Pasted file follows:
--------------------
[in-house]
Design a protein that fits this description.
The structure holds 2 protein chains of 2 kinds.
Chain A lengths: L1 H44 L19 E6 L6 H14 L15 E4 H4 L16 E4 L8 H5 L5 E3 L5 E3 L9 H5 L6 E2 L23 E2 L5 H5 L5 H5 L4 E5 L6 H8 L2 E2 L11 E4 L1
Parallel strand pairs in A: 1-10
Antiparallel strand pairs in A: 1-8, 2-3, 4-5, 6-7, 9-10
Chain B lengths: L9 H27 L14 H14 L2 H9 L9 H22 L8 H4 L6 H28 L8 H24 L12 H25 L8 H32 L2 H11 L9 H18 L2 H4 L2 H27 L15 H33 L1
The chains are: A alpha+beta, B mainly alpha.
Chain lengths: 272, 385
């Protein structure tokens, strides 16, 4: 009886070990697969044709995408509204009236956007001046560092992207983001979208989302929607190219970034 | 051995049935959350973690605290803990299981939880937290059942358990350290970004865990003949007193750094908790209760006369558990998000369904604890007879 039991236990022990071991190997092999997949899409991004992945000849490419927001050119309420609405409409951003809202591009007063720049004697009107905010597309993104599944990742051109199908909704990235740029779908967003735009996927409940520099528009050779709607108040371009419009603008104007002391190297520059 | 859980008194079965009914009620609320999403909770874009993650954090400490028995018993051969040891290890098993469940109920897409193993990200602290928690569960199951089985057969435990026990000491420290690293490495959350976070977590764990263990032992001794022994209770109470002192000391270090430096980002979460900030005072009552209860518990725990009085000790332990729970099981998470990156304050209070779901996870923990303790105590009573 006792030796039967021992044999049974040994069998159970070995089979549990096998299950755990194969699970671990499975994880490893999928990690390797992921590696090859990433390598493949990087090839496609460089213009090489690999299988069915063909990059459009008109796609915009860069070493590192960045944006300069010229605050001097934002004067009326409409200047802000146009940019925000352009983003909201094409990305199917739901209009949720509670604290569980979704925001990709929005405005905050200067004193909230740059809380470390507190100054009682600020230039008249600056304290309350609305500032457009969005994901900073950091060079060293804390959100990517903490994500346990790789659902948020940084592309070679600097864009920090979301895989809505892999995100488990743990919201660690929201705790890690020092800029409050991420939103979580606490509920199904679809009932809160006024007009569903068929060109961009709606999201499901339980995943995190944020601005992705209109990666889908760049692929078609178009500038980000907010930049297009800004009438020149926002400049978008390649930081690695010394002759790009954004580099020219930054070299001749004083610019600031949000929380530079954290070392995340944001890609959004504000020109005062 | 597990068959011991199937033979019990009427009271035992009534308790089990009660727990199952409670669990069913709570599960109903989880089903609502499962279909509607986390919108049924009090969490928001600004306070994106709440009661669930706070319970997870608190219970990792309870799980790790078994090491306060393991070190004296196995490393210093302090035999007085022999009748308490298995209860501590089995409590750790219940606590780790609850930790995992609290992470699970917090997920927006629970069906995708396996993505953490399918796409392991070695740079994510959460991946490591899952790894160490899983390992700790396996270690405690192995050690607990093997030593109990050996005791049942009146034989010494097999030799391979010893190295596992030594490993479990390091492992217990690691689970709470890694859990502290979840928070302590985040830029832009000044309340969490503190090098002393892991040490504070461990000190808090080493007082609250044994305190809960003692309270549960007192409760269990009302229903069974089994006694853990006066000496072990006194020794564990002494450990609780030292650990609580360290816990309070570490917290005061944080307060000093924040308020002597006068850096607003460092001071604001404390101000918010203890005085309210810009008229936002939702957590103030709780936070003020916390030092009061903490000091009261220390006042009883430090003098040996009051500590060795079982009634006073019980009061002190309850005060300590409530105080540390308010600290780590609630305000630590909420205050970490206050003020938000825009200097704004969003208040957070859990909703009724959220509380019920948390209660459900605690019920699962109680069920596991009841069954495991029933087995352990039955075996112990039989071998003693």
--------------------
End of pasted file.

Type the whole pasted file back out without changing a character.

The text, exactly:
[in-house]
Design a protein that fits this description.
The structure holds 2 protein chains of 2 kinds.
Chain A lengths: L1 H44 L19 E6 L6 H14 L15 E4 H4 L16 E4 L8 H5 L5 E3 L5 E3 L9 H5 L6 E2 L23 E2 L5 H5 L5 H5 L4 E5 L6 H8 L2 E2 L11 E4 L1
Parallel strand pairs in A: 1-10
Antiparallel strand pairs in A: 1-8, 2-3, 4-5, 6-7, 9-10
Chain B lengths: L9 H27 L14 H14 L2 H9 L9 H22 L8 H4 L6 H28 L8 H24 L12 H25 L8 H32 L2 H11 L9 H18 L2 H4 L2 H27 L15 H33 L1
The chains are: A alpha+beta, B mainly alpha.
Chain lengths: 272, 385
């Protein structure tokens, strides 16, 4: 009886070990697969044709995408509204009236956007001046560092992207983001979208989302929607190219970034 | 051995049935959350973690605290803990299981939880937290059942358990350290970004865990003949007193750094908790209760006369558990998000369904604890007879 039991236990022990071991190997092999997949899409991004992945000849490419927001050119309420609405409409951003809202591009007063720049004697009107905010597309993104599944990742051109199908909704990235740029779908967003735009996927409940520099528009050779709607108040371009419009603008104007002391190297520059 | 859980008194079965009914009620609320999403909770874009993650954090400490028995018993051969040891290890098993469940109920897409193993990200602290928690569960199951089985057969435990026990000491420290690293490495959350976070977590764990263990032992001794022994209770109470002192000391270090430096980002979460900030005072009552209860518990725990009085000790332990729970099981998470990156304050209070779901996870923990303790105590009573 006792030796039967021992044999049974040994069998159970070995089979549990096998299950755990194969699970671990499975994880490893999928990690390797992921590696090859990433390598493949990087090839496609460089213009090489690999299988069915063909990059459009008109796609915009860069070493590192960045944006300069010229605050001097934002004067009326409409200047802000146009940019925000352009983003909201094409990305199917739901209009949720509670604290569980979704925001990709929005405005905050200067004193909230740059809380470390507190100054009682600020230039008249600056304290309350609305500032457009969005994901900073950091060079060293804390959100990517903490994500346990790789659902948020940084592309070679600097864009920090979301895989809505892999995100488990743990919201660690929201705790890690020092800029409050991420939103979580606490509920199904679809009932809160006024007009569903068929060109961009709606999201499901339980995943995190944020601005992705209109990666889908760049692929078609178009500038980000907010930049297009800004009438020149926002400049978008390649930081690695010394002759790009954004580099020219930054070299001749004083610019600031949000929380530079954290070392995340944001890609959004504000020109005062 | 597990068959011991199937033979019990009427009271035992009534308790089990009660727990199952409670669990069913709570599960109903989880089903609502499962279909509607986390919108049924009090969490928001600004306070994106709440009661669930706070319970997870608190219970990792309870799980790790078994090491306060393991070190004296196995490393210093302090035999007085022999009748308490298995209860501590089995409590750790219940606590780790609850930790995992609290992470699970917090997920927006629970069906995708396996993505953490399918796409392991070695740079994510959460991946490591899952790894160490899983390992700790396996270690405690192995050690607990093997030593109990050996005791049942009146034989010494097999030799391979010893190295596992030594490993479990390091492992217990690691689970709470890694859990502290979840928070302590985040830029832009000044309340969490503190090098002393892991040490504070461990000190808090080493007082609250044994305190809960003692309270549960007192409760269990009302229903069974089994006694853990006066000496072990006194020794564990002494450990609780030292650990609580360290816990309070570490917290005061944080307060000093924040308020002597006068850096607003460092001071604001404390101000918010203890005085309210810009008229936002939702957590103030709780936070003020916390030092009061903490000091009261220390006042009883430090003098040996009051500590060795079982009634006073019980009061002190309850005060300590409530105080540390308010600290780590609630305000630590909420205050970490206050003020938000825009200097704004969003208040957070859990909703009724959220509380019920948390209660459900605690019920699962109680069920596991009841069954495991029933087995352990039955075996112990039989071998003693």